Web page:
This article will discuss about how CryptoLocker and wannaCry works. Ransomware kits on the deep web have allowed cybercriminals to purchase and use a software tool to create ransomware with specific capabilities and then generate this malware for their own distribution and with ransoms paid to their bitcoin accounts. As with much of the rest of the IT world, it’s now possible for those with little or no technical background to order up inexpensive ransomware as a service (RaaS) and launch attacks with very little effort. In one RaaS scenario, the provider collects the ransom payments and takes a percentage before distributing the proceeds to the service user.
The impact of WannaCry was pronounced in some cases. For example, the National Health Service in the U.K. was heavily affected and was forced to effectively take services offline during the attack. Published reports suggested that the damages caused to the thousands of impacted companies might exceed $1 billion.
Attackers may use one of several different approaches to extort digital currency from their victims. For example:
- The victim may receive a pop-up message or email ransom note warning that if the demanded sum is not paid by a certain date, the private key required to unlock the device or decrypt files will be destroyed.
- The victim may be duped into believing he is the subject of an official inquiry. After being informed that unlicensed software or illegal web content has been found on his computer, the victim is given instructions for how to pay an electronic fine.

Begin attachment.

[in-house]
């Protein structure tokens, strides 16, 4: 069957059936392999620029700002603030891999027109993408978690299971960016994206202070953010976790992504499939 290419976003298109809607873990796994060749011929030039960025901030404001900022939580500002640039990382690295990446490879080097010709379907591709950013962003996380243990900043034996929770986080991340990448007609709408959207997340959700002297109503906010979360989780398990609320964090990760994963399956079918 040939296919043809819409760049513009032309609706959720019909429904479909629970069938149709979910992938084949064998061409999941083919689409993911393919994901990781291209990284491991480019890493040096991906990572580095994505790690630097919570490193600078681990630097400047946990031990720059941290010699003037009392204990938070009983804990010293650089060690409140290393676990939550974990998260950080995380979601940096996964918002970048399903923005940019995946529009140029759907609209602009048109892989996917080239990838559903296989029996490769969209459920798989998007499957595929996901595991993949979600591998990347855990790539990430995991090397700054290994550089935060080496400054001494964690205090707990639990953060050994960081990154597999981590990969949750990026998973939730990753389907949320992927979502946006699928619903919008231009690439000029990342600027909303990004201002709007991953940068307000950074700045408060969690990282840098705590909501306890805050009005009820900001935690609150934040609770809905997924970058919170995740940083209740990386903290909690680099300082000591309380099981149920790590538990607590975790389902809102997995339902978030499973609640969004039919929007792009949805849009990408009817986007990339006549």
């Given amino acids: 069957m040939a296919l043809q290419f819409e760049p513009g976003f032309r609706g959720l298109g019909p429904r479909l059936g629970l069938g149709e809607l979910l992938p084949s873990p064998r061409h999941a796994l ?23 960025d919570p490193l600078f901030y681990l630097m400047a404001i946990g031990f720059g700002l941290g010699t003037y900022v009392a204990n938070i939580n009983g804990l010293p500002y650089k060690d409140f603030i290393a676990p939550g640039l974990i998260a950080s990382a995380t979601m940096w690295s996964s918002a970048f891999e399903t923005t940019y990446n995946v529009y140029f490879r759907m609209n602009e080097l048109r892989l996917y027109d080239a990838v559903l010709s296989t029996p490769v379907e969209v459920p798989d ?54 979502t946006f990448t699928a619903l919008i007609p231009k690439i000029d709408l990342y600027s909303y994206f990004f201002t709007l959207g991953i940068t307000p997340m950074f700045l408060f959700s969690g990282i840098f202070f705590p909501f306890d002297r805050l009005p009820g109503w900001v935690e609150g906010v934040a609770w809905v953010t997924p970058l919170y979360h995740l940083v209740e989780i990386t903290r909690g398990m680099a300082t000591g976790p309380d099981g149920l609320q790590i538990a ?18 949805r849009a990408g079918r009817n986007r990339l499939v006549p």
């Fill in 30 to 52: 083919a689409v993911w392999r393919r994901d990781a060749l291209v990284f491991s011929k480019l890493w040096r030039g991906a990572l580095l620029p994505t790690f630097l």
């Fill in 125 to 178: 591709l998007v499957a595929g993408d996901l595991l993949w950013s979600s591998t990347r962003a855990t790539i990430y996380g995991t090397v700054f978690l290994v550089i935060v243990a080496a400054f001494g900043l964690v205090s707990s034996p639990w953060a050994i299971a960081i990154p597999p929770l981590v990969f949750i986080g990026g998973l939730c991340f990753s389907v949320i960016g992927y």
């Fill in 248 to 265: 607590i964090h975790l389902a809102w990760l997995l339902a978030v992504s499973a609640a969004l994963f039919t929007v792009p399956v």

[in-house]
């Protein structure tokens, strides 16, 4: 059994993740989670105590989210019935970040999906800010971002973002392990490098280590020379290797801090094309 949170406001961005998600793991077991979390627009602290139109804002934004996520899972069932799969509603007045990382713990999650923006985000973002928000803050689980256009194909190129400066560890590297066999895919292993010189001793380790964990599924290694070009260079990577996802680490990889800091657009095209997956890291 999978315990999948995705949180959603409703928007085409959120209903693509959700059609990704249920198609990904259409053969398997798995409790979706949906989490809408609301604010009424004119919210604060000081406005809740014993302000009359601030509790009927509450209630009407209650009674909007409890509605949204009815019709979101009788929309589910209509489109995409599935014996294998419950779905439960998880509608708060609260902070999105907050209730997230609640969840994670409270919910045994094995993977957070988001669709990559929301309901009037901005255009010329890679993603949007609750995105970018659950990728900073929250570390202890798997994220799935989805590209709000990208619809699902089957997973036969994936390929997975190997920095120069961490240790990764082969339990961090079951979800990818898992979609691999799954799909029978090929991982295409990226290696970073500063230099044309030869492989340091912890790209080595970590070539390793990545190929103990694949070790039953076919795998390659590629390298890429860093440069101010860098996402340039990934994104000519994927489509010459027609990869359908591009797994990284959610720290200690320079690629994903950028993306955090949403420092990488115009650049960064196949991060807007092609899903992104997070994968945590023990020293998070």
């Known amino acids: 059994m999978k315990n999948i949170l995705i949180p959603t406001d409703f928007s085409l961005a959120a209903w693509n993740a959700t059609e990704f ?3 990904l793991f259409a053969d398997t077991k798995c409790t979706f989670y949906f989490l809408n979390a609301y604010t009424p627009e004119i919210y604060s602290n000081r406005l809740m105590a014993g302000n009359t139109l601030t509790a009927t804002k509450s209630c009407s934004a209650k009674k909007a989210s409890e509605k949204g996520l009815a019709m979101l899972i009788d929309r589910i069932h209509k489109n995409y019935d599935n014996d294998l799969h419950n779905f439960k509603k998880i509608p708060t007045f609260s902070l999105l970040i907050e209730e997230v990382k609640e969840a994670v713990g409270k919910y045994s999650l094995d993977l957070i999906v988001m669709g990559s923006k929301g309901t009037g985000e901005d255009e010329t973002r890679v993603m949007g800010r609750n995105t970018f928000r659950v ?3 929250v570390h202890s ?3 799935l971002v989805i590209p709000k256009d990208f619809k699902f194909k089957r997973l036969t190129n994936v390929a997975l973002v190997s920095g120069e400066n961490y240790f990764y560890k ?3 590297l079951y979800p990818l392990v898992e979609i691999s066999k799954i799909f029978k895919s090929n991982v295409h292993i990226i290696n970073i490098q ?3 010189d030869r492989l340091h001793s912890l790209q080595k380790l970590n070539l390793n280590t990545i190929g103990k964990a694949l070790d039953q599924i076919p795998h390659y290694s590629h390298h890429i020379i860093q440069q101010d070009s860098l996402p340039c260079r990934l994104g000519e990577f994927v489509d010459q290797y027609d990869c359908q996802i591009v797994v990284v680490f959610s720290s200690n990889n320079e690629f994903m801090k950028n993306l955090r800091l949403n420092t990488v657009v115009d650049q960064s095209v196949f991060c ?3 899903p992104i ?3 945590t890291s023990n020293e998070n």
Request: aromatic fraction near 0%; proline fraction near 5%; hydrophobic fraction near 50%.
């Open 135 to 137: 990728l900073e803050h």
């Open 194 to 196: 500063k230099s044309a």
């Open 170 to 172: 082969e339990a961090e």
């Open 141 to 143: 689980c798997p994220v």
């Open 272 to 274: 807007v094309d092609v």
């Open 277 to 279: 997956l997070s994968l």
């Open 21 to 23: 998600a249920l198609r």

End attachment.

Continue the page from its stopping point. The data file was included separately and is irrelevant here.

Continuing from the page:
- The attacker encrypts files on infected devices and makes money by selling a product that promises to help the victim unlock files and prevent future malware attacks.
- In an interesting reversal, the extortion may be made with the threat not so much that the data will be unavailable (though this may also be the case), but that the data will be exposed to the general public in its unencrypted state if the ransom is not paid by a given deadline.
To protect against ransomware attacks and other types of cyberextortion, experts urge users to back up computing devices on a regular basis and update software — including antivirus software — on a regular basis. End users should beware of clicking on links in emails from strangers or opening email attachments. Victims should do all they can to avoid paying ransoms.
While ransomware attacks may be nearly impossible to stop, there are important data protection measures individuals and organizations can take to ensure that damage is minimal and recovery is a quick as possible. Strategies include compartmentalizing authentication systems and domains, keeping up-to-date storage snapshots outside the main storage pool and enforcing hard limits on who can access data and when access is permitted.
Feel free to contact E-SPIN for ransomware preventive and solution availability, performance and security monitoring and testing application.
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